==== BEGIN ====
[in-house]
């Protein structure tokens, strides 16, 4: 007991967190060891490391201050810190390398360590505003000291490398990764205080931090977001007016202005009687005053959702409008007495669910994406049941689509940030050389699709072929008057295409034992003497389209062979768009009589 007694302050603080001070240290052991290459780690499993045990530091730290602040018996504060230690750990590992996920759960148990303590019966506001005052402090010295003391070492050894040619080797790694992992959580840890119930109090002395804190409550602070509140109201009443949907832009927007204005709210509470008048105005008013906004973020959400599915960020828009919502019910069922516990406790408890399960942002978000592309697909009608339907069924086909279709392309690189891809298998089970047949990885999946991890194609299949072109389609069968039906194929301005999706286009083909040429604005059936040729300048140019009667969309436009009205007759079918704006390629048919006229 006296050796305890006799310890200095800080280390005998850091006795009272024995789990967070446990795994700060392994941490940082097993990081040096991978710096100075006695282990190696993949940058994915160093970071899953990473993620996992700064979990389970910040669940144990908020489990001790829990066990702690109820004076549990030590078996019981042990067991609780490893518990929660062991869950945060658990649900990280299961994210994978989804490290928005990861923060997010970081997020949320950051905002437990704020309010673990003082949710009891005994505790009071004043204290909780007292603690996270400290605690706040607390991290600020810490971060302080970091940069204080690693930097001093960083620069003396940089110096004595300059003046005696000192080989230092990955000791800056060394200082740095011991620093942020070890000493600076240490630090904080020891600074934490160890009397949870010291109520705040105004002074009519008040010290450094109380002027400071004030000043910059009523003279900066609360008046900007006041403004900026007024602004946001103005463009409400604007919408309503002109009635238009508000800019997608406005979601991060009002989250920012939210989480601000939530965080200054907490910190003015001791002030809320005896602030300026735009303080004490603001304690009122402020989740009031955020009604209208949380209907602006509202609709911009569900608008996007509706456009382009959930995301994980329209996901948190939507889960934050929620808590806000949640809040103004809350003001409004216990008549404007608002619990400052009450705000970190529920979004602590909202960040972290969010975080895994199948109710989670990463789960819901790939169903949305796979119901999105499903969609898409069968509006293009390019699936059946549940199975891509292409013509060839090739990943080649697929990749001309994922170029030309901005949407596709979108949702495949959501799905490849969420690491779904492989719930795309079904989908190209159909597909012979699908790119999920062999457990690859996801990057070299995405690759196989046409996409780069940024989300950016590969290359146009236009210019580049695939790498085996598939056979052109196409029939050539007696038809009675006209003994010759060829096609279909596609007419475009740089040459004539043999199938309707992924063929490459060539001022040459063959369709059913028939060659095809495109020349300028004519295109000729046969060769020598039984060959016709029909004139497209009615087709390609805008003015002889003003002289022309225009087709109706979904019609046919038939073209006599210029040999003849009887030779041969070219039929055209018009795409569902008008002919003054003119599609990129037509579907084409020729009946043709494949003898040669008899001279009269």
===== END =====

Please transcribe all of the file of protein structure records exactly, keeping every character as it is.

[in-house]
């Protein structure tokens, strides 16, 4: 007991967190060891490391201050810190390398360590505003000291490398990764205080931090977001007016202005009687005053959702409008007495669910994406049941689509940030050389699709072929008057295409034992003497389209062979768009009589 007694302050603080001070240290052991290459780690499993045990530091730290602040018996504060230690750990590992996920759960148990303590019966506001005052402090010295003391070492050894040619080797790694992992959580840890119930109090002395804190409550602070509140109201009443949907832009927007204005709210509470008048105005008013906004973020959400599915960020828009919502019910069922516990406790408890399960942002978000592309697909009608339907069924086909279709392309690189891809298998089970047949990885999946991890194609299949072109389609069968039906194929301005999706286009083909040429604005059936040729300048140019009667969309436009009205007759079918704006390629048919006229 006296050796305890006799310890200095800080280390005998850091006795009272024995789990967070446990795994700060392994941490940082097993990081040096991978710096100075006695282990190696993949940058994915160093970071899953990473993620996992700064979990389970910040669940144990908020489990001790829990066990702690109820004076549990030590078996019981042990067991609780490893518990929660062991869950945060658990649900990280299961994210994978989804490290928005990861923060997010970081997020949320950051905002437990704020309010673990003082949710009891005994505790009071004043204290909780007292603690996270400290605690706040607390991290600020810490971060302080970091940069204080690693930097001093960083620069003396940089110096004595300059003046005696000192080989230092990955000791800056060394200082740095011991620093942020070890000493600076240490630090904080020891600074934490160890009397949870010291109520705040105004002074009519008040010290450094109380002027400071004030000043910059009523003279900066609360008046900007006041403004900026007024602004946001103005463009409400604007919408309503002109009635238009508000800019997608406005979601991060009002989250920012939210989480601000939530965080200054907490910190003015001791002030809320005896602030300026735009303080004490603001304690009122402020989740009031955020009604209208949380209907602006509202609709911009569900608008996007509706456009382009959930995301994980329209996901948190939507889960934050929620808590806000949640809040103004809350003001409004216990008549404007608002619990400052009450705000970190529920979004602590909202960040972290969010975080895994199948109710989670990463789960819901790939169903949305796979119901999105499903969609898409069968509006293009390019699936059946549940199975891509292409013509060839090739990943080649697929990749001309994922170029030309901005949407596709979108949702495949959501799905490849969420690491779904492989719930795309079904989908190209159909597909012979699908790119999920062999457990690859996801990057070299995405690759196989046409996409780069940024989300950016590969290359146009236009210019580049695939790498085996598939056979052109196409029939050539007696038809009675006209003994010759060829096609279909596609007419475009740089040459004539043999199938309707992924063929490459060539001022040459063959369709059913028939060659095809495109020349300028004519295109000729046969060769020598039984060959016709029909004139497209009615087709390609805008003015002889003003002289022309225009087709109706979904019609046919038939073209006599210029040999003849009887030779041969070219039929055209018009795409569902008008002919003054003119599609990129037509579907084409020729009946043709494949003898040669008899001279009269």